GOVERNMENT & POLICE NEWS

Temporary Office Closures of VI SHIP/Medicare Scheduled

There will be a temporary office closure of the VI SHIP/Medicare St. Croix and St. Thomas offices from July 6…

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Half a dozen young people, local artists and music producers have created a peace song for Carnival 2014. To read more about the song, click here.
 

 
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Nine USVI Sailors Compete in 2015 Optimist North America Championship in Antigua

 School may be out but the work is just starting for young sailors from the US Virgin Islands who have started an intensive week of competitive sailing in Antigua

The nine sailors from St. Thomas, St. Croix and St. John are competing in the 2015 North America Championship which has attracted 163 sailors from 23 countries.
With a 10-day program that includes training, five days of fleet racing and one day of team racing, these young sailors have a busy schedule from July 3 until July 1.
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2015-07-06 11:20:42
Virtue of the Week: Humility

Being humble is when you consider others as important as yourself. You are thoughtful of their needs and willing to be of service. You don’t expect others or yourself to be perfect. You learn from your mistakes.

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2015-07-05 21:18:58
Summer Camps and Programs for St. Thomas and St. John Youth

Here is a list of summer camps and organized activities available for children or young people. Please send information on your camps and activities to offer parents a variety of choices. Please e-mail information to visource@gmail.com

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2015-07-04 15:26:00
Local news — St. Thomas
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Education Conference to Tackle Territory's High Dropout Rate

Finding ways to reduce the territory's high student dropout rate will be priority number one for V.I. Education officials during a daylong conference scheduled for Feb. 9 at UVI's St. Thomas campus.
According to data collected in 2006-2007, about 13.8 percent of 16 to 19 year olds in the territory were dropouts, compared to about 7 percent nationwide, a recent Education release revealed.
"The economic and social consequences of leaving school without a high school diploma have a profound impact on students and society,” Education Commissioner LaVerne Terry said in the release.
During a recent interview, Terry explained the conference will look at what is causing students to drop out, and whether the local education system makes it easy for them to do so. Participants will look at what laws need to be strengthened, and from there put together recommendations on how to move forward, she said.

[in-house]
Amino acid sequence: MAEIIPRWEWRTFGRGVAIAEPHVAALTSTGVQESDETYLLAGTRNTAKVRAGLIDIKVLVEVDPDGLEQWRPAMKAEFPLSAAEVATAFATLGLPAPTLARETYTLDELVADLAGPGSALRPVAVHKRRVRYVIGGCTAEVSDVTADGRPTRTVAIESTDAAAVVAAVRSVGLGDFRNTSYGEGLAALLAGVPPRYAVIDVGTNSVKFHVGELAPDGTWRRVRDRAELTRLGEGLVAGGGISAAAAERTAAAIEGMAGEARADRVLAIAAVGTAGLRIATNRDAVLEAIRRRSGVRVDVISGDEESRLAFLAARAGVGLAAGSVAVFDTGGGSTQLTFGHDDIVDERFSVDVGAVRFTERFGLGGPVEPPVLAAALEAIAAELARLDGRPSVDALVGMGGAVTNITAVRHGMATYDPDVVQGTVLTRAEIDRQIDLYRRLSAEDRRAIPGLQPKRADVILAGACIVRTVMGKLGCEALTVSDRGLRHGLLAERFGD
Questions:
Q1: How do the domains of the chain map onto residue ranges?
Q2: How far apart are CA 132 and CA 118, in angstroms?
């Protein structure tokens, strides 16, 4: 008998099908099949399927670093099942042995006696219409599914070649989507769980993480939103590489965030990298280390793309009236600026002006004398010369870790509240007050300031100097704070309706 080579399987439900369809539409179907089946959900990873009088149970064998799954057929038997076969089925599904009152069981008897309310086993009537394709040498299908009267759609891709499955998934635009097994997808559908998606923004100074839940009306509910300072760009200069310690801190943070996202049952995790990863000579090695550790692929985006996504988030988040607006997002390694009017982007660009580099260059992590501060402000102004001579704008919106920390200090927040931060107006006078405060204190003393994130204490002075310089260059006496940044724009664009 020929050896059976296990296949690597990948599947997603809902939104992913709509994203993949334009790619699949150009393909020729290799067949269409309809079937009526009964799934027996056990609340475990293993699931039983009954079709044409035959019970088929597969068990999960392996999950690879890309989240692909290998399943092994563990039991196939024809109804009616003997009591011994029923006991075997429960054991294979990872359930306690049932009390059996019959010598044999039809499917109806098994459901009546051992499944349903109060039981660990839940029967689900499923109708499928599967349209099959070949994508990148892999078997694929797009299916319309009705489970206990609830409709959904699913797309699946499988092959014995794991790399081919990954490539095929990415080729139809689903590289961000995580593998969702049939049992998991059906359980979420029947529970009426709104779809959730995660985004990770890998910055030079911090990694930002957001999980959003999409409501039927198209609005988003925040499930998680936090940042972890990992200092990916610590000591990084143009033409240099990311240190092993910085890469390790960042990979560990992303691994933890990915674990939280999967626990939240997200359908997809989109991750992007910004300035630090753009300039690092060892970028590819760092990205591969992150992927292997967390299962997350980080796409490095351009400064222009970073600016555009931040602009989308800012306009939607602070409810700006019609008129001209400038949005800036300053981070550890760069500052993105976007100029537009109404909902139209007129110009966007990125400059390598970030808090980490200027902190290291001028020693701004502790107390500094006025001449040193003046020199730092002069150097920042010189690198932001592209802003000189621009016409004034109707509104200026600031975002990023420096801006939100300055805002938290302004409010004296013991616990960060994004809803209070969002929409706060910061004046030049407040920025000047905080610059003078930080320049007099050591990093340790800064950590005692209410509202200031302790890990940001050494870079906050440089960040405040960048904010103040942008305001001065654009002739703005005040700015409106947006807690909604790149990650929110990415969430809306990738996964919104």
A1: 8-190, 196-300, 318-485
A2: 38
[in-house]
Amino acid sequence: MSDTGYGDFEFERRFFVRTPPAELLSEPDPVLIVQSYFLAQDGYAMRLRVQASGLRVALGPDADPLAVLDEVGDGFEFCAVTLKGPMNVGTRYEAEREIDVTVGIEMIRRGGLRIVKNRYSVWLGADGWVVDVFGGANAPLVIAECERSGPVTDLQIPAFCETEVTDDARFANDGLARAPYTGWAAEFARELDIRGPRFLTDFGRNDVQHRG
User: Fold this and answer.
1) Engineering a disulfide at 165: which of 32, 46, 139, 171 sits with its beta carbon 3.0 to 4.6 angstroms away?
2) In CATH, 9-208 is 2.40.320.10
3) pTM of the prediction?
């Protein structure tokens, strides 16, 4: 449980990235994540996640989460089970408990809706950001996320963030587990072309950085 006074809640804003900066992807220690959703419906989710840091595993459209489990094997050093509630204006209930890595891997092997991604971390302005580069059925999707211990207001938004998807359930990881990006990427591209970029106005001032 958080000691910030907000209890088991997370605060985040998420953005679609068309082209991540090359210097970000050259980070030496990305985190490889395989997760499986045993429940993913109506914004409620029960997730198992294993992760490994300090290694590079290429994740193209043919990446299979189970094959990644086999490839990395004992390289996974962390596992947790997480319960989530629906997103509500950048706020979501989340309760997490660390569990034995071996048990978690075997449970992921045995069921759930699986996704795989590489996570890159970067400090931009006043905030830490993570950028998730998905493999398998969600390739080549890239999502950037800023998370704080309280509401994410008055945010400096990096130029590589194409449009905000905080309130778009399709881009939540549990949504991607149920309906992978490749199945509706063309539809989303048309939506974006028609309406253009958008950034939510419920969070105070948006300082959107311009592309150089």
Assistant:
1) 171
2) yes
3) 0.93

Representatives from key government agencies, such as the Labor Department, Human Services and Board of Education will also be on hand to discuss how they could better interact with Education to boost retention and how they can work with students once they drop out of school, she said.

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The featured speaker at the conference will be Russell Rumberger, an education professor at the University of California-Santa Barbara. Rumberger is an expert on the dropout issue and will be presenting a set of recommendations from the U.S. Department of Education's newly published Dropout Prevention Practice Guide, according to the release.
"It's definitely going to be a working day," Terry said. "We also want to talk to some students that have dropped out, show what they were thinking and what we need to do to make the conditions better for them."
The territory also has a unique challenge in that it is difficult to track students that have moved off island or transferred, she explained, adding that once a student isn't seen in the public K-12 system anymore, they are considered a dropout.
"So, we definitely need a better system," Terry said. While Education will soon be applying for some federal funds to help in the collection of such data -- which will track students across the territory from elementary school on up to college -- the upcoming conference will help to pinpoint how local agencies and educational institutions can start doing it on their own.
"There are early warning signs that the students exhibit early on," Terry said. "If we don't have a way to capture that data, we don't have a way to intercede on their behalf."

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